The New York Times reports that the U.S. Food and Drug Administration conducted a wide-ranging surveillance operation against its own scientists.
The agency used “spy software” designed to help employers monitor workers, and captured screen images from the government laptops of scientists as they were being used at work or at home.
Though federal agencies have broad discretion to monitor their employees’ computer use, the F.D.A. program may have crossed legal lines by grabbing and analyzing confidential information that is specifically protected under the law, including attorney-client communications, whistle-blower complaints to Congress and workplace grievances filed, the New York Times reports.
The report comes at a time when the FDA is attracting a good deal of criticism.
A number of lawmakers and public health advocates are campaigning for an overhaul of the FDA’s review process for medical devices, which currently allows for medical devices to be approved without clinical testing, based on their alleged similarity to other devices already on the market – even if those original devices were subsequently recalled for safety reasons.
That loophole allowed for the approval of DePuy Orthopaedics all-metal hip implants, which have since been recalled because of their high early failure rate and tendency to shed toxic metal debris in patients’ bodies.
Gynecare Prolift transvaginal mesh implants, used to treat urinary incontinence and pelvic organ prolapse, were also approved under that loophole. Thousands of reports have since surfaced of the devices eroding, causing chronic pain, injury and death in patients who had them implanted.
According to the New York Times, the F.D.A.’s spying on its scientists began as a narrow investigation into the possible leaking of confidential agency information, but quickly grew into a much broader campaign to counter outside critics of the agency’s medical review process.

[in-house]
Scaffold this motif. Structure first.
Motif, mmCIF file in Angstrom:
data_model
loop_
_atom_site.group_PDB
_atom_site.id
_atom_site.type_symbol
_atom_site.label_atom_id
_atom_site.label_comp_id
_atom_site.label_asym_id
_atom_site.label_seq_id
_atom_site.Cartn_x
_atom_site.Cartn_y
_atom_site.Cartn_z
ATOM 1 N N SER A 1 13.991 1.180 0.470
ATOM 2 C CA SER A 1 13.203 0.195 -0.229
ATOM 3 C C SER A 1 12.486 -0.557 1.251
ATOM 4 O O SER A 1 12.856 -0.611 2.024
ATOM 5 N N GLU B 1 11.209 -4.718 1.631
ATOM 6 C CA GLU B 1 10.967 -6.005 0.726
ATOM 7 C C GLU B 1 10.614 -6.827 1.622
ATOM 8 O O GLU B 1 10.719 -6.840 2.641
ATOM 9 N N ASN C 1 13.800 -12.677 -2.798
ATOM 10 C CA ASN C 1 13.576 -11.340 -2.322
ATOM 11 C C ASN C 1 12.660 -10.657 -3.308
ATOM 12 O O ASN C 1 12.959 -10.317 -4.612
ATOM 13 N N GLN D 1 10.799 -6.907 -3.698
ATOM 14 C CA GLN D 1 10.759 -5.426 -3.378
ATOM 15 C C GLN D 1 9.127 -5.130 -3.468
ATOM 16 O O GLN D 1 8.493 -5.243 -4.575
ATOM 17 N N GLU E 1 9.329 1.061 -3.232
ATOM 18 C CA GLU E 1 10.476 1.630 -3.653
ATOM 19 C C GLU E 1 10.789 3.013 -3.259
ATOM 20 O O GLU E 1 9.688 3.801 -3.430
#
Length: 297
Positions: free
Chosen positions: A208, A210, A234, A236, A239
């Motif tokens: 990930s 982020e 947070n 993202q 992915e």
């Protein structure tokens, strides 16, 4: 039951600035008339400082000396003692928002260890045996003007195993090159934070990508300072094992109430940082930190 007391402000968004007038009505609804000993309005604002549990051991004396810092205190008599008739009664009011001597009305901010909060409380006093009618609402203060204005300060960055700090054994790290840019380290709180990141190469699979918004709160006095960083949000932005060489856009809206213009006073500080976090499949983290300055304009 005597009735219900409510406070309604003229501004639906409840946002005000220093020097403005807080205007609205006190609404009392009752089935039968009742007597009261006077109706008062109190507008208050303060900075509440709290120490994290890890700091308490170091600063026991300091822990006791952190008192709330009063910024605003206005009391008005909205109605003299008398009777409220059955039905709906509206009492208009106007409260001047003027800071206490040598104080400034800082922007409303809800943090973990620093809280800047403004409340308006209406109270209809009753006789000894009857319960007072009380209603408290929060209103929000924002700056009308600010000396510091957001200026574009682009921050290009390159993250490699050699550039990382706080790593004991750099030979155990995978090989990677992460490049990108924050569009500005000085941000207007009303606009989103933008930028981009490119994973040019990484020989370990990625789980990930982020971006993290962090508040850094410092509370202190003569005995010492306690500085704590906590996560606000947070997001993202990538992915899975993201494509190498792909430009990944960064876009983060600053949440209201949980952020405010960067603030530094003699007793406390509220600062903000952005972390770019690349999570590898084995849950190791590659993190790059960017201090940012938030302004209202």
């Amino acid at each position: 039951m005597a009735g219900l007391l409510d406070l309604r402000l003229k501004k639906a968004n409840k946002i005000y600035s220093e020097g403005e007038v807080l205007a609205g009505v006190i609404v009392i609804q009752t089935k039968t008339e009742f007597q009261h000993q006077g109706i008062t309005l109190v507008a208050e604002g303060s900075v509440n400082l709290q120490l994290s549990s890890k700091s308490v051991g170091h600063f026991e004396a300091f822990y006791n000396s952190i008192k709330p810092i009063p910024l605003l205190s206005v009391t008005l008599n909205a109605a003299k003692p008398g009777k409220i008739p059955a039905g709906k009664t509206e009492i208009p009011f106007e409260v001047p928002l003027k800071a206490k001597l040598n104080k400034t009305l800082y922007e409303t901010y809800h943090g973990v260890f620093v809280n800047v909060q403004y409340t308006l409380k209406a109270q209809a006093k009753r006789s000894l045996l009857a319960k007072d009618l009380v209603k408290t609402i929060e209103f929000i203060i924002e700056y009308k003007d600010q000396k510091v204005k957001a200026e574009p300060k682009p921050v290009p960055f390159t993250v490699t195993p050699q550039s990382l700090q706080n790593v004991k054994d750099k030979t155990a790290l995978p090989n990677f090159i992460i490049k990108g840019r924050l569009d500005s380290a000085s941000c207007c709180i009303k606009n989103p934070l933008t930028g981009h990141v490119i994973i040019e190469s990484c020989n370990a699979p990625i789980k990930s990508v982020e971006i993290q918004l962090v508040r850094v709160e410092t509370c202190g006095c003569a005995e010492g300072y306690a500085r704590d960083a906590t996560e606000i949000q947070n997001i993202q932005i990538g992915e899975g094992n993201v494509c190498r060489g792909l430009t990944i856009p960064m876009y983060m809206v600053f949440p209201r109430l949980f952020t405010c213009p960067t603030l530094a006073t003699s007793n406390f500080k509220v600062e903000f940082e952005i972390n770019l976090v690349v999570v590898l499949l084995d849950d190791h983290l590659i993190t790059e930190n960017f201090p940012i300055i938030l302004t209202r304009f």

The agency sought to quell what one memorandum called the “collaboration” of the F.D.A.’s opponents, and identified 21 agency employees, Congressional officials, outside medical researchers and journalists thought to be working together to put out negative and “defamatory” information about the agency.
The New York Times says the surveillance effort grew out of a bitter, years-long dispute between the scientists and their bosses at the F.D.A. over the scientists’ claims that faulty review procedures led to the approval of medical imaging devices for mammograms and colonoscopies that exposed patients to dangerous levels of radiation.
A confidential government review in May by the Office of Special Counsel, which deals with the grievances of government workers, found that the scientists’ medical claims were valid enough to warrant a full investigation into what it termed “a substantial and specific danger to public safety.”
You should consult with a doctor if you have any ongoing symptoms or health concerns from a transvaginal mesh or metal-on-metal hip implant. If you have significant injuries, you should also consult with a DePuy hip or transvaginal mesh lawyer to discuss your legal rights.
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